A large portion of the plaintiffs' opening brief in support of summary judgment is devoted to a survey of environmental insurance law and an argument that the plaintiffs' claims are for a "personal injury" and are not outside the policies' scope by certain exclusionary provisions. (P1.MSJ, pp. 5-6, 7-16) As noted above, the occurrence based policies at issue provide coverage for "all sums" which the plaintiffs may become obligated to pay stemming from certain damages and expenses. The 1980-85 policies have a "sudden and accidental" pollution exclusion, and the 1985-94 policies have an "absolute" pollution exclusion.[6] The policies also define "personal injury" to include "wrongful entry or eviction, or other invasion of the right of private occupancy." (Long Aff. Attach. 5, 1981-82 policy a 15) Because the defendants do not respond to the plaintiffs' arguments that (1) the contamination at issue falls within the definition of "personal injury" and (2) is not excluded by either the "sudden and accidental" or "absolute pollution" exclusions under Indiana law, the court simply notes that the plaintiffs are correct. See, e.g., Freidline v. Shelby Insurance Company, 774 N.E.2d 37 (Ind.2002); Kiger v. Commissioner, Indiana Department of Environmental Management, 662 N.E.2d 945 *948 (Ind.1996); Travelers Indemnity Company v. Summit Corporation of America, 715 N.E.2d 926 (Ind.App.1999). Despite these concessions by the defendants, the plaintiffs still must show that the contamination occurred during the relevant policy period in order to establish that the policy actually was triggered. See PSI Energy, 801 N.E.2d at 732 n. 25.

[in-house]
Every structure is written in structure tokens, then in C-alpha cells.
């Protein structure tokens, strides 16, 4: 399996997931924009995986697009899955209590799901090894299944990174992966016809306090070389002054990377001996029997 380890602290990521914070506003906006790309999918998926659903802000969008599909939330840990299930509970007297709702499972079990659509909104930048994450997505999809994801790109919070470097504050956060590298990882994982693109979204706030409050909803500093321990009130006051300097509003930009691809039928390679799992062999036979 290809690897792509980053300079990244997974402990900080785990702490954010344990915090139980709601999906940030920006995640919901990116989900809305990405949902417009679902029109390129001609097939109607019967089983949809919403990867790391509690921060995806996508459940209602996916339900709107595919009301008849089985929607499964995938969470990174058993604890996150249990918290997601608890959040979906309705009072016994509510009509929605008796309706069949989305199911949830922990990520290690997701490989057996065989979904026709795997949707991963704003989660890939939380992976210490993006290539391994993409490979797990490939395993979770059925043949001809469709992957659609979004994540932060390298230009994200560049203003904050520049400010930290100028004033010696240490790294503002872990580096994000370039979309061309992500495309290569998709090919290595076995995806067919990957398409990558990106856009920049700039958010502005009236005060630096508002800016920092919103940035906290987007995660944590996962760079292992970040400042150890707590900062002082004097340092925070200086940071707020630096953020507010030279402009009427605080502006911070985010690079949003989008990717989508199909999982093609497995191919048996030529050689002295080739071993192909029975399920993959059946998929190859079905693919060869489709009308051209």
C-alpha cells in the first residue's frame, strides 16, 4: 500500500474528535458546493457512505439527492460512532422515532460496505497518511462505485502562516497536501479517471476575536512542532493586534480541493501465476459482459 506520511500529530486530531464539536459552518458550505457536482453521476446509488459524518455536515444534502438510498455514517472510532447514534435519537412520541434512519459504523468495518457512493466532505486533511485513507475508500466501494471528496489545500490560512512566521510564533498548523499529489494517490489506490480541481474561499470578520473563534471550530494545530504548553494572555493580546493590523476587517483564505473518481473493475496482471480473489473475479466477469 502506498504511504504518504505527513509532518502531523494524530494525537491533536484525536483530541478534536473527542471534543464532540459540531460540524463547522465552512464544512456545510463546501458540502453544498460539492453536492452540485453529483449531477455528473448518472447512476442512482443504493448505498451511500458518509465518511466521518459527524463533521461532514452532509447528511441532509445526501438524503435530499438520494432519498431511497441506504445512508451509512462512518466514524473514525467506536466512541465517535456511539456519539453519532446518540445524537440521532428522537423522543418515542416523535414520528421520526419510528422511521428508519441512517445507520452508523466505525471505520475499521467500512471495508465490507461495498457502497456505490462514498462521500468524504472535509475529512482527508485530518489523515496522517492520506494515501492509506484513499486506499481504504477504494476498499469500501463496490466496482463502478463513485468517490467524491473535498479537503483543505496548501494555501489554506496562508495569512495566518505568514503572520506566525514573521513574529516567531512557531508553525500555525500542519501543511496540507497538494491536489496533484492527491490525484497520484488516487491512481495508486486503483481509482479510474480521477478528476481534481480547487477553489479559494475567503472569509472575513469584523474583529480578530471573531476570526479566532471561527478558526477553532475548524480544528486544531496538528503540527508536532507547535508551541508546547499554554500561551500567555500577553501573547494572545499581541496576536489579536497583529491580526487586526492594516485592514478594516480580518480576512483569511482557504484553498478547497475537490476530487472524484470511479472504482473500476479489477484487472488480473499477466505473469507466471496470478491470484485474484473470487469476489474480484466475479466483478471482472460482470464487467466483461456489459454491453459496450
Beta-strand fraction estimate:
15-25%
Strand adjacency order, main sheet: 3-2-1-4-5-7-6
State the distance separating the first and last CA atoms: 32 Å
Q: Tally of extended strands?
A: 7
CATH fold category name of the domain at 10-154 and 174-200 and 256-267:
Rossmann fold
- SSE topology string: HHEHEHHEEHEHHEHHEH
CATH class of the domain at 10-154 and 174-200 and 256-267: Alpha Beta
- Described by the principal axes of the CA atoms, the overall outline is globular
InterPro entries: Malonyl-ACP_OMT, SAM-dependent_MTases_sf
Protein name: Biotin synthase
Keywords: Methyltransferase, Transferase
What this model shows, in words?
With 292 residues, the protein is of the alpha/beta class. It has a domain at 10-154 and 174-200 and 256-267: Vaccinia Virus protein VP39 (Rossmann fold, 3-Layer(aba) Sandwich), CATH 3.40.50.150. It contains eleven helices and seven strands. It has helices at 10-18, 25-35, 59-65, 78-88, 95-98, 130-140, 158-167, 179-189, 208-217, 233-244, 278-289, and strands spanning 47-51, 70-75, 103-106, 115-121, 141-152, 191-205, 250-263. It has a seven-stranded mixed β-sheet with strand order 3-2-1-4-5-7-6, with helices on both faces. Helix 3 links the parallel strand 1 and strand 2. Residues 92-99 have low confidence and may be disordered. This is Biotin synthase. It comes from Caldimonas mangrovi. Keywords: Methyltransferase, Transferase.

Indiana courts apply an "injury in fact" rule to determine when coverage is triggered under an occurrence based insurance policy. See PSI Energy, 801 N.E.2d at 733; Allstate Insurance Company v. Dana Corporation (Dana II), 759 N.E.2d 1049, 1060-61 (Ind.2001). This approach "implicates all of the policy period during which the insured proves some injury or damage." PSI Energy, 801 N.E.2d at 732 n. 25 (emphasis added) (internal citation and quotation omitted); Dana II, 759 N.E.2d at 1057 (noting that an "occurrence" under CGL policies "may take place over time"). However, the insured is not required to show that new releases of contaminants occurred during each policy period for coverage to attach under consecutive policies that define "occurrence" to include injuries resulting from "continuous and repeated exposure" to "substantially the same conditions," such as the policies do here. PSI Energy, 801 N.E.2d at 733-34, (Long Aff. Attach. 5, 1981-82 policy e 14) Rather, the insured must show that the "subjectively unexpected and unintended contamination continued to cause damage during the relevant policy periods." PSI Energy, 801 N.E.2d at 734 (emphasis added). In addition, under a policy covering "all sums," "if coverage is triggered by an occurrence, it is triggered for `all sums' related to that occurrence." Dana II, 759 N.E.2d at 1058. Finally, Dana II permits an insured to select one or more triggered policies to cover the entirety of a loss that occurred over multiple policy periods in order to avoid the application of multiple deductibles. See 759 N.E.2d at 1058. In other words, a plaintiff seeking indemnity under the first policy during which the contamination allegedly occurred has the burden to show that the contamination began during the particular time period covered by the policy, but thereafter the plaintiff need only show that the injury caused by the contamination continued through the subsequent policy periods at issue to trigger those policies.